1.  Aerobic processes: Bacteria decomposes the organic matter and converts it into carbon dioxide that can be used by plants. Oxygen is used in this process.
    2. Anaerobic processes: Here, fermentation is used for fermenting the waste at a specific temperature. Oxygen is not used in anaerobic process.
    3. Composting: A type of aerobic process where wastewater is treated by mixing it with sawdust or other carbon sources.
  3. Sludge Treatment: This process involves removing as much moisture as possible from sludge residues from wastewater. The solid-liquid separation process requires the least possible residual moisture in the solid phase and the lowest possible solid particle residues in the separated liquid phase.

 

What happens to wastewater after treatment?

Treatment is the process of removing contaminants from wastewater. The goal is to return clean water to the environment.

There are four basic ways that treated wastewater can be discharged:

what happens to water after it is treated

Benefits of Sustainable Wastewater Management

Some of the benefits of sustainable wastewater management include.

 

How Individuals Can Make a Difference

When it comes to wastewater management, individuals can make a big difference. Individuals can reduce their wastewater output by 25 percent by making small changes such as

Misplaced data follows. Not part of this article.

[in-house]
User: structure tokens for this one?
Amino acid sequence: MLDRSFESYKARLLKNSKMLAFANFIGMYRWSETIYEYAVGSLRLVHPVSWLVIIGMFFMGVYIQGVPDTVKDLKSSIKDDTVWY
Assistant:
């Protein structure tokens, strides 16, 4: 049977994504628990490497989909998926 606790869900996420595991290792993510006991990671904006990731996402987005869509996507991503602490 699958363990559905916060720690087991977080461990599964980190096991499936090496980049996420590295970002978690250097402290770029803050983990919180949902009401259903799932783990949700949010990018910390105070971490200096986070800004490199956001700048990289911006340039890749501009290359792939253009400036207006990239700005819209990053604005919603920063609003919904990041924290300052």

How Businesses Can Make a Difference

Businesses can make a big difference in their wastewater management practices. 

Conclusion

The next time you wash your hands or take a shower, think about how important it is to have clean water. 

When wastewater is treated and released back into the environment, it has minimal to no impact on local ecosystems. Wastewater management is the process of treating, collecting, and disposing wastewater in a sustainable way. By reducing the amount of pollutants and contaminants in wastewater, and by preventing stormwater runoff from entering wastewater systems, communities can improve their wastewater management practices. Wastewater management is one of the most complex systems in our society and it can be improved with the right knowledge and technology.